# LIDS & Stats Tea

Tea talks are 20 minute long informal chalk-talks for the purpose of sharing ideas and making others aware about some of the topics that may be of interest to the LIDS and Stats audience. If you are interested in presenting in the upcoming seminars, please email lids_stats_tea[at]mit[dot]edu

February 2, 2022

### Datamodels: Understanding Model Predictions as functions of Data

Sung Min (Sam) Park (CSAIL)

Current supervised machine learning models rely on an abundance of training data. Yet, understanding the underlying structure and biases of this data—and how they impact models—remains challenging. We present a new conceptual framework, datamodels,...

February 9, 2022

### Near-Optimal Learning of Extensive-Form Games with Imperfect Information

Tiancheng Yu (LIDS)

March 9, 2022

### WCFS Queues: A New Analysis Framework

Isaac Grosof (CMU)

In this talk, I investigate four queueing models that are key to understanding the behavior of modern computing systems. Each was previously considered intractable to analyze. However, we discovered a subtle similarity between these models, which we...

March 16, 2022

### Time varying regression with hidden linear dynamics

Horia Mania (LIDS)

We revisit a model for time-varying linear regression that assumes the unknown parameters evolve according to a linear dynamical system. Counterintuitively, we show that when the underlying dynamics are stable the parameters of this model can be...

March 30, 2022

### Non-parametric threshold for smoothed empirical Wasserstein distance

Zeyu Jia (LIDS)

Consider an empirical measure Pn induced by n iid samples from a d-dimensional K-subgaussian distribution P. We show that when K < σ, the Wasserstein distance W2(Pn ∗N(0,σ2Id),P∗N(0,σ2Id)) converges at the parametric rate O(1/n), and when K >...

April 6, 2022

### Training invariances and the low-rank phenomenon: beyond linear networks.

Thien Le (LIDS)

The implicit bias induced by the training of neural networks has become a topic of rigorous study. In the limit of gradient flow and gradient descent with appropriate step size, it has been shown that when one trains a deep linear network with...

April 13, 2022

### Higher-order network information improves overlapping community detection

Xinyi Wu (IDSS)

Identifying communities is a central problem in network science. While many methods exist, one major challenge in community detection is the often overlapping nature of communities such that nodes belong to multiple groups simultaneously. Link-based...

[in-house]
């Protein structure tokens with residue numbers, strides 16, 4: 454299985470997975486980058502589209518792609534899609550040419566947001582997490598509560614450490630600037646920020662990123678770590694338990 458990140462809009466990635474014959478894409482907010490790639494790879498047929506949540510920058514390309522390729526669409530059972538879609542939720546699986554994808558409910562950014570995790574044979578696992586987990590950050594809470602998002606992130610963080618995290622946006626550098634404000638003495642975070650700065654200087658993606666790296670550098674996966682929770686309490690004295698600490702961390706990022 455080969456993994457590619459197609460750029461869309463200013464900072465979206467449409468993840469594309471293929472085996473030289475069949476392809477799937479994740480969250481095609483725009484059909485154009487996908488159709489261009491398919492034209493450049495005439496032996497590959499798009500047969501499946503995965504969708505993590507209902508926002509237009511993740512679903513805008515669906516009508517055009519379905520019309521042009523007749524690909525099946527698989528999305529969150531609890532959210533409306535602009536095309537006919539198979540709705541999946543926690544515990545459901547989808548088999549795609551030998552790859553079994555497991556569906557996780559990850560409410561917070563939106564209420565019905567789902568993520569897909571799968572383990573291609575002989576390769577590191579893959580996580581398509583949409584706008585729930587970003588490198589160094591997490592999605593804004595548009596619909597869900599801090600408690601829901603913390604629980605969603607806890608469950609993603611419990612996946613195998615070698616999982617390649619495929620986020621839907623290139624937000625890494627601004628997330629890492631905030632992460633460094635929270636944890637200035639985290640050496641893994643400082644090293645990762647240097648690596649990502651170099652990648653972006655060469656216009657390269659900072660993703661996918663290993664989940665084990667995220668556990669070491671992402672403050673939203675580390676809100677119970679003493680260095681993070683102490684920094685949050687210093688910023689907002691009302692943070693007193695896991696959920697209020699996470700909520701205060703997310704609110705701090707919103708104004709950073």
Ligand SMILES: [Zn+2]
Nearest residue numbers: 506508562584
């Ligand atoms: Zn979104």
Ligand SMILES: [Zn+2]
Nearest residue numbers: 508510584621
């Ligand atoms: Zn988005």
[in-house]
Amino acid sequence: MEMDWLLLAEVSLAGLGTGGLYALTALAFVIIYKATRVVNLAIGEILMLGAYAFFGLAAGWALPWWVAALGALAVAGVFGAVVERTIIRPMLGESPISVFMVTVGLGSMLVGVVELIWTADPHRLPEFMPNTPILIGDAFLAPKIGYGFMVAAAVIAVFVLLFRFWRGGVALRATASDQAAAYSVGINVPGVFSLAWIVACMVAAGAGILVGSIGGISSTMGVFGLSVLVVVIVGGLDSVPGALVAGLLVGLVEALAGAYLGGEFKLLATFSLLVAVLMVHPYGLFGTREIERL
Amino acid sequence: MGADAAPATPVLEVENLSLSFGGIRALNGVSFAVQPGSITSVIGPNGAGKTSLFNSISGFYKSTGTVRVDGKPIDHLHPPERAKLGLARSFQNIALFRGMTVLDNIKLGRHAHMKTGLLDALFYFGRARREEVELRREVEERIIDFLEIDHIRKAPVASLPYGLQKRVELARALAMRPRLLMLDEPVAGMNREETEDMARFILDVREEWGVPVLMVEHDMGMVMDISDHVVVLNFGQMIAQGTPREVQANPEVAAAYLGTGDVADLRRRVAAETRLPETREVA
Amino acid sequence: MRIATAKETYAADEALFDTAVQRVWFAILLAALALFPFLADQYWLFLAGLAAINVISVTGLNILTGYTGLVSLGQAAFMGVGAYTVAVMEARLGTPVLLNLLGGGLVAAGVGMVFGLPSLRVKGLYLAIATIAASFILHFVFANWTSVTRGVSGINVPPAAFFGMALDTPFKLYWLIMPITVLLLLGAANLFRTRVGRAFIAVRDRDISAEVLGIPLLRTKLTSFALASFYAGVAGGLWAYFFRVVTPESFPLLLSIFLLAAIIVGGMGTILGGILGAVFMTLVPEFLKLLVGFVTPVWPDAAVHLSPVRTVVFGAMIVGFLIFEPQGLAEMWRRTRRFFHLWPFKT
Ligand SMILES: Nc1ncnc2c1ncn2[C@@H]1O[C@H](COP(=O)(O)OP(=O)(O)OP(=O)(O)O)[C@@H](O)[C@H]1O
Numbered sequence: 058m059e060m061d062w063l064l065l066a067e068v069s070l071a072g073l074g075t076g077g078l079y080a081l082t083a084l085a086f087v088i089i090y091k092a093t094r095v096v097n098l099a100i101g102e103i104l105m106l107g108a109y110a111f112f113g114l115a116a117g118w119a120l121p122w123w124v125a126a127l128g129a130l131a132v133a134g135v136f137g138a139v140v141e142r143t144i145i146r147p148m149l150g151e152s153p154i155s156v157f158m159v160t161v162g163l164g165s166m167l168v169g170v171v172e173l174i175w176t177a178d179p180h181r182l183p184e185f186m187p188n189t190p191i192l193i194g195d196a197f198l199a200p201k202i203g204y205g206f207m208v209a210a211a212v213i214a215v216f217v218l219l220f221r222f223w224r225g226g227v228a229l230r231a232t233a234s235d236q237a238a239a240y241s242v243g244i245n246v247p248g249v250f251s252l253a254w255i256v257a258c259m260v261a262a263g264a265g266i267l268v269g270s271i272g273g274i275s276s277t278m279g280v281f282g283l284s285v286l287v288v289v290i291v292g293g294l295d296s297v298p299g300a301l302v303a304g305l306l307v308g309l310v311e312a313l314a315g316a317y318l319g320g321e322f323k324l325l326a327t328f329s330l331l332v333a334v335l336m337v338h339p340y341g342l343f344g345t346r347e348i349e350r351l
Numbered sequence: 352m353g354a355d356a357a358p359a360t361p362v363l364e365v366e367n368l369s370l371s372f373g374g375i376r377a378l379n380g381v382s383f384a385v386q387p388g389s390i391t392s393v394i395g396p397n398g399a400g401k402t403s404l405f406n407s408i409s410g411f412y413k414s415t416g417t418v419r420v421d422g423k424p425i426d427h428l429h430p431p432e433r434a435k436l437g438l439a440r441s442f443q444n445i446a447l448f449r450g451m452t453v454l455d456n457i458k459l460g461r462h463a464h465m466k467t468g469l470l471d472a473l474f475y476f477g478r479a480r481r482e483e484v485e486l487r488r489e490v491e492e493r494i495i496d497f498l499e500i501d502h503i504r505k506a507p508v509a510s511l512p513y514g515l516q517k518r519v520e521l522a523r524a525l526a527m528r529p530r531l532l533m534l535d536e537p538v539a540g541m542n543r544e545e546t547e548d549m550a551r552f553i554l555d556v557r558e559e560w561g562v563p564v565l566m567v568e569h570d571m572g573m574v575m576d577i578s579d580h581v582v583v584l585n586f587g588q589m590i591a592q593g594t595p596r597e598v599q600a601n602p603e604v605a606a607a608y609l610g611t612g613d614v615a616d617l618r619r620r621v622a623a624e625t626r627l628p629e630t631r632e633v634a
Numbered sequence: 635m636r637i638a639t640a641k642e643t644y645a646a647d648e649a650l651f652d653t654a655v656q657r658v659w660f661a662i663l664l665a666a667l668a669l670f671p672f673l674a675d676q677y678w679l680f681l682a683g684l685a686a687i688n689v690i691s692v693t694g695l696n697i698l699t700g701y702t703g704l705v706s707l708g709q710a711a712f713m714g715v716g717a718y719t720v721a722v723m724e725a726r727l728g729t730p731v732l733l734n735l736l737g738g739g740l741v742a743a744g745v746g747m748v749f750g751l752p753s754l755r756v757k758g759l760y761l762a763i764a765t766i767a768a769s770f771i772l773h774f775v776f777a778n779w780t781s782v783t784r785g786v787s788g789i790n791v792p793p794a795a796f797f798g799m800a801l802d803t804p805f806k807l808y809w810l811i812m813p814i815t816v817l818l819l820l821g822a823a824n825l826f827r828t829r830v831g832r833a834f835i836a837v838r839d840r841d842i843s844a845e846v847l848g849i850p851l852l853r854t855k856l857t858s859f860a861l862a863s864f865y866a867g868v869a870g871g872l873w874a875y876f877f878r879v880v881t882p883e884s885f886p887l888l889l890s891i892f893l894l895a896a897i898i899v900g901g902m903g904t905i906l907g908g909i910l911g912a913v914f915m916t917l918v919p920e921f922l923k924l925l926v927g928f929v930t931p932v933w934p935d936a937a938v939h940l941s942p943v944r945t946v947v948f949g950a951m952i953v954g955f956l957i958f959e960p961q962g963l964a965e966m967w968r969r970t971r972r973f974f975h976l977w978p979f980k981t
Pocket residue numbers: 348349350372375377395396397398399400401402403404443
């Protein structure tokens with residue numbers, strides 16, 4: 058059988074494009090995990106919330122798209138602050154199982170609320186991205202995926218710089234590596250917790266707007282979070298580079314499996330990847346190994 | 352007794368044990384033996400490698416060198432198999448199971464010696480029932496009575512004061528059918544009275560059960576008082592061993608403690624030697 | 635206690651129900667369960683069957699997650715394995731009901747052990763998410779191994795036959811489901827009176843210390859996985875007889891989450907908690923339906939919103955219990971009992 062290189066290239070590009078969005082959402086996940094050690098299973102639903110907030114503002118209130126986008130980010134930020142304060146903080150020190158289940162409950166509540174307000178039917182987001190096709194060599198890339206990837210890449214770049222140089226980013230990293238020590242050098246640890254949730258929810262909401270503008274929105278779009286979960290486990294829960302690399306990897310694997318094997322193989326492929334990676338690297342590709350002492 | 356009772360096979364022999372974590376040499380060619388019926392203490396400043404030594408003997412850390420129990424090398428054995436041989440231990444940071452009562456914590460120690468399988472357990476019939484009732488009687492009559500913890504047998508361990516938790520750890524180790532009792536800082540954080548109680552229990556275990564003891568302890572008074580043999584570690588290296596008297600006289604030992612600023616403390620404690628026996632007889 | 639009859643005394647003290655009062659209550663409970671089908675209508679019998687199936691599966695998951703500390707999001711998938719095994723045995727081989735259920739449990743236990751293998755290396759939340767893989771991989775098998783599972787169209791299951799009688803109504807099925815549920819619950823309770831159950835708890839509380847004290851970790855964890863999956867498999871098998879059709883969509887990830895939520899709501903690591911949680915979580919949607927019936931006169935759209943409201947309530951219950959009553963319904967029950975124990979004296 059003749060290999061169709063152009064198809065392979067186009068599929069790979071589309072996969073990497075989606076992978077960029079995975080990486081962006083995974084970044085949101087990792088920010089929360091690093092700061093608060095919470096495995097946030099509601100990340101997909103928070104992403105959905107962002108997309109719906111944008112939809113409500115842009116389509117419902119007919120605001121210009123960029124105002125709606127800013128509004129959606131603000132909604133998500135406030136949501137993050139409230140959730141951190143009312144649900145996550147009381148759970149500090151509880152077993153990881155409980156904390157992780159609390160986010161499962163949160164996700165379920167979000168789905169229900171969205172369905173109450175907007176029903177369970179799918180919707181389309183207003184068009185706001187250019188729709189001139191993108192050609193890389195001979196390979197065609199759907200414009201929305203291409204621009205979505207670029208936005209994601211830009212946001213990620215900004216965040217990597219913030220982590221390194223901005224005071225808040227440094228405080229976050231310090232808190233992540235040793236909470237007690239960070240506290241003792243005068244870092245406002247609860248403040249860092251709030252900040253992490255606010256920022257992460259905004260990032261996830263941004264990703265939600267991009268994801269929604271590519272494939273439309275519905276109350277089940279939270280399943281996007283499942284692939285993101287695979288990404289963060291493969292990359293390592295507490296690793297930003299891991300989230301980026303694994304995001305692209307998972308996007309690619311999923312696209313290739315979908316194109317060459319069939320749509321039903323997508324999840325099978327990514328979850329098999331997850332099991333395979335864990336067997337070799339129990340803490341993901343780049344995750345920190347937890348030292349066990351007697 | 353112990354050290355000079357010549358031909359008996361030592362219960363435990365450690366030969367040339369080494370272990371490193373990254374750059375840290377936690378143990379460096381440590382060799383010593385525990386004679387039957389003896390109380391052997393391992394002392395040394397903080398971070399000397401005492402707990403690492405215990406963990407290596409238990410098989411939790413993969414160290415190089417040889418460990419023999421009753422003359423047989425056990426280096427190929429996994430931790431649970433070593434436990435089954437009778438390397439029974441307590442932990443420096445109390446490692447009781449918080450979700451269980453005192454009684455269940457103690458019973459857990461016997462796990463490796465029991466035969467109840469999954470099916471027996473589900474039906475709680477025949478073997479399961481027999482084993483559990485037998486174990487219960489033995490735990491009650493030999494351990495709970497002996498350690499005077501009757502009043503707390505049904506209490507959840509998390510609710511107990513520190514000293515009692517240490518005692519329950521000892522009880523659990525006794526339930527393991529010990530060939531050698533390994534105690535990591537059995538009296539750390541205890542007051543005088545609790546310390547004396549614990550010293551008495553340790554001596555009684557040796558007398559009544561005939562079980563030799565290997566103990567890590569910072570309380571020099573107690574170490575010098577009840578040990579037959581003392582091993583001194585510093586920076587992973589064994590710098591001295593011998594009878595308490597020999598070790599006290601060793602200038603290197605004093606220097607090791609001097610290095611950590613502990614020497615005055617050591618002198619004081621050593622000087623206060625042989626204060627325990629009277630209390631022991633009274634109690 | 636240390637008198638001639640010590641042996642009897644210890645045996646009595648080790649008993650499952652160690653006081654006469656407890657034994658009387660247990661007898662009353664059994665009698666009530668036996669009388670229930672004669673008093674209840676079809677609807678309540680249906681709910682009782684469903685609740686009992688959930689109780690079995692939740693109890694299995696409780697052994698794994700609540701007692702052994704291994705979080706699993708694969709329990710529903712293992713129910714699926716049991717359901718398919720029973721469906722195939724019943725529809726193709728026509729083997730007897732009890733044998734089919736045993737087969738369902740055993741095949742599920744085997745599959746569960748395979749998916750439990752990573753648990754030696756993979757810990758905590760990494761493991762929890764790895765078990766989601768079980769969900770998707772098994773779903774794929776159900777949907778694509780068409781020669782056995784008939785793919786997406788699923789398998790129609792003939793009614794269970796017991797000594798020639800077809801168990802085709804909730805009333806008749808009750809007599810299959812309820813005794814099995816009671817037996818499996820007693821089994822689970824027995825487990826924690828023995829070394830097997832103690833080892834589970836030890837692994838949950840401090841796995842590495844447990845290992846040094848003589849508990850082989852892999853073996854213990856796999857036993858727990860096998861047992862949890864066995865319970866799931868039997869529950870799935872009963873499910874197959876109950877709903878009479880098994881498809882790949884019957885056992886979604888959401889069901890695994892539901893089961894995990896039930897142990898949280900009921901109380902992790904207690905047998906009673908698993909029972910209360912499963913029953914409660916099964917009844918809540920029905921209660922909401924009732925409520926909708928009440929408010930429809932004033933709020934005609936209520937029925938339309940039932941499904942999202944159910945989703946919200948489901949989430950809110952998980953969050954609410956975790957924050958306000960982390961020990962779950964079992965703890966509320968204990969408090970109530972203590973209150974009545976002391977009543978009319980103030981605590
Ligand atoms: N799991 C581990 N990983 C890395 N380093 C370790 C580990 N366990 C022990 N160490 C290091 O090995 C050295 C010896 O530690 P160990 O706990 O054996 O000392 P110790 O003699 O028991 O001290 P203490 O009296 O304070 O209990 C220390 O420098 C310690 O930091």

April 20, 2022

### Auditing algorithmic filtering on social media

Sarah Cen (LIDS)

By filtering the content that users see, social media platforms have the ability to influence users' perceptions and decisions, from their dining choices to their voting preferences. This influence has drawn scrutiny, with many calling for...

April 27, 2022

### The Climate Pocket: Exploring Local Climate Impacts with Physics-informed Machine Learning

Björn Lütjens (AeroAstro)

Would a global carbon tax reduce the flood risk at MIT? The answer to this question of local impact and risk is critical for policy making or climate-resilient infrastructure development. But, localized climate models are computationally too...

May 4, 2022

October 26, 2022

### A non-asymptotic analysis of oversmoothing in Graph Neural Networks

Xinyi Wu (IDSS & LIDS)

A central challenge of building more powerful Graph Neural Networks (GNNs) is the oversmoothing phenomenon, where increasing the network depth leads to homogeneous node representations and thus worse classification performance. While previous works...

November 2, 2022

### On counterfactual inference with unobserved confounding via exponential family

Abhin Swapnil Shah (LIDS)

We are interested in the problem of unit-level counterfactual inference with unobserved confounders owing to the increasing importance of personalized decision-making in many domains: consider a recommender system interacting with a user over time...

November 9, 2022

### A Simple and Optimal Policy Design with Safety against Heavy-tailed Risk for Stochastic Bandits

Feng Zhu (IDSS & LIDS)

We design new policies that ensure both worst-case optimality for expected regret and light-tailed risk for regret distribution in the stochastic multi-armed bandit problem. It is recently shown that information-theoretically optimized bandit...

November 16, 2022

### The Husky Programming Language for Efficient and Strongly Interpretable AI

Xiyu Zhai (LIDS)

We invent a new programming language called Husky (https://github.com/xiyuzhai-husky-lang/husky) for efficient and strongly interpretable AI that can be fundamentally different from deep learning and traditional models. It’s a long term project...

November 30, 2022

### Contextual Bandits and Optimistically Universal Learning

Moïse Blanchard (ORC & LIDS)

We study the question of learnability for contextual bandits when the reward function class is unrestricted and provide consistent algorithms for large families of data-generating processes. Our analysis shows that achieving consistency irrespective...

December 7, 2022

### Can Direct Latent Model Learning Solve Linear Quadratic Gaussian Control?

Yi Tian (LIDS)

We study the task of learning state representations from potentially high-dimensional observations, with the goal of controlling an unknown partially observable system. We pursue a direct latent model learning approach, where a dynamic model in some...

December 14, 2022

### Optimal Learning Rates for Regularized Least-Squares with a Fourier Capacity Condition

Prem Murali Talwai (LIDS & ORC)

We derive minimax adaptive rates for a new, broad class of Tikhonov-regularized learning problems in Hilbert scales under general source conditions. Our analysis does not require the regression function to be contained in the hypothesis class, and...